My iPhone has become a valuable tool and a source of entertainment. Last April, we went to Hawaii to visit the grandkids. I brought my phone. What was interesting is what I did not bring. The list: laptop, camera, reading material (including my Bible), flashlight, maps or a GPS. I watched a movie on the plane on my phone and several more on Netflix and YouTube at our son's home. Read the news, checked email, posted on C-D. Found a hardware and pizza place with my phone giving me turn, by turn directions. We attended church and I had my Bible in my pocket. Heck, I even used my phone to place telephone calls!

And BTW the camera on my iPhone 5s is better than my Canon point and shoot. And yes, the experiment was a total success. Will just have my phone for travel from now on.

My wife's 73 year old friend loves her smartphone and texts us pictures on a regular basis.

Last edited by Mr5150; 03-08-2015 at 06:53 PM..
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Old 03-08-2015, 06:15 PM
 
Location: SW MO
23,605 posts, read 31,487,261 times
Reputation: 29071
I first started using computers when I was stationed at the Pentagon in 1975 and progressed from there to a Commodore 64 - much easier than a printer based system - at home with all the bells and whistles it eventually offered to include a modem and printer. From there it was a an HP with Word Perfect - hated it - and then a Mac all-in-one that seemed like a miracle with click and drag. I even ended up with a laptop. Finally I graduated to a PC with Windows in 1996. I have Widows 7 at home with which I'm perfectly content. I guess I'm eventually going to have to move up to Windows 8.something or 9 or 10 and I don't look forward to it.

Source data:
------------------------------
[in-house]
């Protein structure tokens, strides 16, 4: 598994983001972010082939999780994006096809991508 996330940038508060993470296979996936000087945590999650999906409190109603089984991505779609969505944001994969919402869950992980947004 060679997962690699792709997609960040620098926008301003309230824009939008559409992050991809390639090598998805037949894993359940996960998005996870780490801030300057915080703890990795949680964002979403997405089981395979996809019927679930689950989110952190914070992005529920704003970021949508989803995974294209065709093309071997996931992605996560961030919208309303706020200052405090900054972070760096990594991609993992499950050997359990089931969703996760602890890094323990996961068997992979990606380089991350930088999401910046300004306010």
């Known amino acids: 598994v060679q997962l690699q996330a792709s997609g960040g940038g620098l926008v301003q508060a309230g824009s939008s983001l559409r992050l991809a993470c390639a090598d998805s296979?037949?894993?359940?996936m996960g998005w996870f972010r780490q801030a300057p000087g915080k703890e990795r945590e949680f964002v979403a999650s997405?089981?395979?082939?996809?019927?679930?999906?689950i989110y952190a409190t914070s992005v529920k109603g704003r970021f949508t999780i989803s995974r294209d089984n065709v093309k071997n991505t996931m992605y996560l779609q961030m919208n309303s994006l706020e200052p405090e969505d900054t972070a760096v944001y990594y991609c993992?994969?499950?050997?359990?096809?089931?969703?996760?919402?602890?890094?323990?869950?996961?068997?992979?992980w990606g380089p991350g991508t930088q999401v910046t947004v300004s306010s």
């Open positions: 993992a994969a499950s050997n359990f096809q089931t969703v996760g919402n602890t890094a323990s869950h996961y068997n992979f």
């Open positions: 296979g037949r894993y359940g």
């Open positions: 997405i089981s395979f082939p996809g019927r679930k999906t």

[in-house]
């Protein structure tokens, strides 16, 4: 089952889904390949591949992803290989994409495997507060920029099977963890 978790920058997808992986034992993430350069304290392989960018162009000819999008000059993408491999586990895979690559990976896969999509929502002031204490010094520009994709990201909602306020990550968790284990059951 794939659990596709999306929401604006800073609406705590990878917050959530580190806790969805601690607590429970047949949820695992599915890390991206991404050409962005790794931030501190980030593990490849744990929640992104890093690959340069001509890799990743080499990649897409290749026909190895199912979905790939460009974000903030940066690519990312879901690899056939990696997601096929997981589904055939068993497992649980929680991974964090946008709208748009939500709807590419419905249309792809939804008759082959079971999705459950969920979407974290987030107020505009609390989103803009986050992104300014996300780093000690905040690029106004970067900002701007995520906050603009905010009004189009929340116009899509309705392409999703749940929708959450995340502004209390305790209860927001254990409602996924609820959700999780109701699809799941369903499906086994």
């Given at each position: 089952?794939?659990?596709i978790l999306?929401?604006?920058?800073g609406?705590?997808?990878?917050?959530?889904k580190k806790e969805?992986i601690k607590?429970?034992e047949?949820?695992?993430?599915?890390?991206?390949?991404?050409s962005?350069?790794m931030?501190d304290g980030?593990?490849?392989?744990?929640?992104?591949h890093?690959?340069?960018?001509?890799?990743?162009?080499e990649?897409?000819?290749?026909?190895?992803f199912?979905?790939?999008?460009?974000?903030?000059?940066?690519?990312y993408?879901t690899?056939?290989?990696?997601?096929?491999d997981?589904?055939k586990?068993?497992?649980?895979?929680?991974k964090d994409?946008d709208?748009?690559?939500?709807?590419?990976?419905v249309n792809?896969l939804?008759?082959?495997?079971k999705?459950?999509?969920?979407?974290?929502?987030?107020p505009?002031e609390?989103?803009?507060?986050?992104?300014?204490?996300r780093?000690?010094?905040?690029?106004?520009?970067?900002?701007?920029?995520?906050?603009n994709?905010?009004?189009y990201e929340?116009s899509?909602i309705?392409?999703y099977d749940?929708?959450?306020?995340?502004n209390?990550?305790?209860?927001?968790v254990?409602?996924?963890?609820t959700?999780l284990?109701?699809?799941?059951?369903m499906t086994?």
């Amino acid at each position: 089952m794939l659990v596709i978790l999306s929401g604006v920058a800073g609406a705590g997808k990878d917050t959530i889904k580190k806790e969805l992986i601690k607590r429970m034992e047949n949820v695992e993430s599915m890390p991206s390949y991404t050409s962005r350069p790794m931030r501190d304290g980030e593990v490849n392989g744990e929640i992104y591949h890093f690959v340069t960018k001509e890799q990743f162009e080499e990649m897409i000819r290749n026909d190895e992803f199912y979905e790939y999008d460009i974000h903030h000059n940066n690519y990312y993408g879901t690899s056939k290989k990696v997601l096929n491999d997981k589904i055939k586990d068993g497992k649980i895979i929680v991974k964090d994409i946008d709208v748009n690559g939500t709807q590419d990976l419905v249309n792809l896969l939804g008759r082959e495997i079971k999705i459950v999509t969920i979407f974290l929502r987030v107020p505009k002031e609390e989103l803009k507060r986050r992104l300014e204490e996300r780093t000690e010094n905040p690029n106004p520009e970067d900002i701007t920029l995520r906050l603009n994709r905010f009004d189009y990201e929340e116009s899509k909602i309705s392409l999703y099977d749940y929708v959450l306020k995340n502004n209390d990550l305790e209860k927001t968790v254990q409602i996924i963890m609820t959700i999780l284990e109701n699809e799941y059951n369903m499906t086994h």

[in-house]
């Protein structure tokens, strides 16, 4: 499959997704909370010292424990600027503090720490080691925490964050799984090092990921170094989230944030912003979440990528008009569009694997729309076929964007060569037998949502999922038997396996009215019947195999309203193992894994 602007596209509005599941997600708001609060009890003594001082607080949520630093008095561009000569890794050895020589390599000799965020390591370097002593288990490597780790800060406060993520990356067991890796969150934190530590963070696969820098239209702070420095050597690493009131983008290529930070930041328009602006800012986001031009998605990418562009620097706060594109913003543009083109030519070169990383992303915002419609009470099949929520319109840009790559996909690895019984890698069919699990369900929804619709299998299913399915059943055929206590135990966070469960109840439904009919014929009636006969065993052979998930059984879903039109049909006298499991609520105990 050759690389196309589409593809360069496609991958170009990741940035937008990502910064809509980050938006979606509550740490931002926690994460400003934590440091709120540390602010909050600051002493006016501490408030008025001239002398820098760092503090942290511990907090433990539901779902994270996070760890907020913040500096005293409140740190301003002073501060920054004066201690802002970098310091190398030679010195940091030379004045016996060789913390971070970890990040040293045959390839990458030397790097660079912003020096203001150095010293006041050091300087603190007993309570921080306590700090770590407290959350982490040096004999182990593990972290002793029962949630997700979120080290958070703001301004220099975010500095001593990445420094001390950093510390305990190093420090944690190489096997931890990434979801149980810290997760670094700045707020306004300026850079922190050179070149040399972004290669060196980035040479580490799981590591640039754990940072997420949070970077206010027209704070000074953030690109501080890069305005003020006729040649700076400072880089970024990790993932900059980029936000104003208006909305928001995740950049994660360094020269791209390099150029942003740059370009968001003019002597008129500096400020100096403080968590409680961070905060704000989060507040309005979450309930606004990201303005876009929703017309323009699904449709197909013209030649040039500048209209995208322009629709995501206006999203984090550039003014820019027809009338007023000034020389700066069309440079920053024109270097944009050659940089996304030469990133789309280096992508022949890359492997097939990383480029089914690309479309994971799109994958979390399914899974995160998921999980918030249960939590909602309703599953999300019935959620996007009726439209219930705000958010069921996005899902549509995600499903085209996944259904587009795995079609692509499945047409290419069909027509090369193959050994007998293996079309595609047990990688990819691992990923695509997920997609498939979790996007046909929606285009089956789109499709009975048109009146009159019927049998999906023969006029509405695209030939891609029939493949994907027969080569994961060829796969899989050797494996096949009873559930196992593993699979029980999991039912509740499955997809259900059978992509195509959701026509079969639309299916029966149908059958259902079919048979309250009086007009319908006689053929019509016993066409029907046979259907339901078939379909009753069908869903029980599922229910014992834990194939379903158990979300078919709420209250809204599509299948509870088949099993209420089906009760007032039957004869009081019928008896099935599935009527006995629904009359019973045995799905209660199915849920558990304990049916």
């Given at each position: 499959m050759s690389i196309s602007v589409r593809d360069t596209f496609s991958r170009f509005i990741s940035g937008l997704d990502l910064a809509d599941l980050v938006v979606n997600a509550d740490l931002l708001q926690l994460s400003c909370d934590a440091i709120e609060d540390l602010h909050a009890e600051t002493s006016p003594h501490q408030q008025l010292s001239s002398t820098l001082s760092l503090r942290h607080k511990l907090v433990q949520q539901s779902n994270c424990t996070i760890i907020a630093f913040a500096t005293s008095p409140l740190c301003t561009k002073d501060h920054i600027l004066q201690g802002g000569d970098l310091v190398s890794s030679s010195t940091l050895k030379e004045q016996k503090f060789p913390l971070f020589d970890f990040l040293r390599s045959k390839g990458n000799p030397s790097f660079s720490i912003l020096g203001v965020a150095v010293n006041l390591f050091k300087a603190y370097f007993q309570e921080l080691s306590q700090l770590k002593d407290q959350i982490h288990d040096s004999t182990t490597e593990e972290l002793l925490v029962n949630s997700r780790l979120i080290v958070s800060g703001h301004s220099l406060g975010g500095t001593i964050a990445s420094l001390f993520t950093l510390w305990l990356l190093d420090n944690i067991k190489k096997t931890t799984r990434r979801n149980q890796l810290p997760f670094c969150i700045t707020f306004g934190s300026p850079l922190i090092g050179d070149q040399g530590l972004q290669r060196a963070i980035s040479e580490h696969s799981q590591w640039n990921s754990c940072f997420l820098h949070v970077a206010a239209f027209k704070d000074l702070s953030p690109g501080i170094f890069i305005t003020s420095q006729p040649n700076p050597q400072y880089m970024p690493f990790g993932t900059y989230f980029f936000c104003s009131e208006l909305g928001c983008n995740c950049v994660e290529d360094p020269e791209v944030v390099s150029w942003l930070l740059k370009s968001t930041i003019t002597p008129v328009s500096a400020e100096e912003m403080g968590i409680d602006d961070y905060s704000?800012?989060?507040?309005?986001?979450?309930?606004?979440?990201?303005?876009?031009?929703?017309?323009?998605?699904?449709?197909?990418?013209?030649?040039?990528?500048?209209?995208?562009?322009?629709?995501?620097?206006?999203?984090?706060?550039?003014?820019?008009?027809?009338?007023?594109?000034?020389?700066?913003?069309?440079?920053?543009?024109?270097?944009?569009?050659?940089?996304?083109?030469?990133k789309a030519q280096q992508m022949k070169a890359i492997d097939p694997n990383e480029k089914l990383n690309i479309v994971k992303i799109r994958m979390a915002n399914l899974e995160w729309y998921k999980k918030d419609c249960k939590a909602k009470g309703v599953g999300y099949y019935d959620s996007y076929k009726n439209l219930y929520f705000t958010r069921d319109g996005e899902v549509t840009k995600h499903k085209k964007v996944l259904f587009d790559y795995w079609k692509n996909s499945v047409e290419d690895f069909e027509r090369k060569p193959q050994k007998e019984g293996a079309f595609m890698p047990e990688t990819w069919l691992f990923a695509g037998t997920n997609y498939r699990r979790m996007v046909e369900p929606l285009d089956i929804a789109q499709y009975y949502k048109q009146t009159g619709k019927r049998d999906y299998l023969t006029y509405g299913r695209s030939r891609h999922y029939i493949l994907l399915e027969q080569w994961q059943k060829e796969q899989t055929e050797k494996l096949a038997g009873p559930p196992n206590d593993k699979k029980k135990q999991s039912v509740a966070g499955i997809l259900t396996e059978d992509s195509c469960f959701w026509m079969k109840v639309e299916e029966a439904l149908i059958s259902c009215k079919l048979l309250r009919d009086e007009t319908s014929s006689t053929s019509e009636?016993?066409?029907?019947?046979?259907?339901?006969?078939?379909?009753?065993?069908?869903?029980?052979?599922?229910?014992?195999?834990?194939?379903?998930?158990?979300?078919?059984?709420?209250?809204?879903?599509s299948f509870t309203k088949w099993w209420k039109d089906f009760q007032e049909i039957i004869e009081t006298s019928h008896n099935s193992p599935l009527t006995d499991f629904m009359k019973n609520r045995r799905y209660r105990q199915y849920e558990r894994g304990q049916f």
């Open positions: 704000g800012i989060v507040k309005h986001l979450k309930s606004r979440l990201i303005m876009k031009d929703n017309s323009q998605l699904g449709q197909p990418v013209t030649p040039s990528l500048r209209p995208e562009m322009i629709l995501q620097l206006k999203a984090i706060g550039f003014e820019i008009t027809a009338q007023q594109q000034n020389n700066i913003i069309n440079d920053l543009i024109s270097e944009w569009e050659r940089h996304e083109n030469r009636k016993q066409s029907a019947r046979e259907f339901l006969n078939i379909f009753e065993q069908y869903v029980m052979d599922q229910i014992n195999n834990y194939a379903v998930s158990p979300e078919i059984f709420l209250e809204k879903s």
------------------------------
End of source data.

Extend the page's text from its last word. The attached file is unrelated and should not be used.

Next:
I have a flip phone with some data capability so I can bring up emails and respond to them and accept and send text messages which I don't really care for so I never initiate them. It's small, has buttons and suits me. All I want in a cell phone is the ability to send and receive telephone calls. Isn't that what phones are for anyway?

We do have an Android, smarter-than-me phone which totally intimidates my wife and I don't like because with my neurological issues culminating in greatly reduced feeling and some loss of control in my hands I have a great deal of trouble with touch screens. I hate all these damn apps and don't download them. I will not have my entire life on or dependent upon something I could easily lose or break. Being a mini-computer the smart phone is handy when traveling to look things up but I have a GPS conveniently mounted in the car that I use.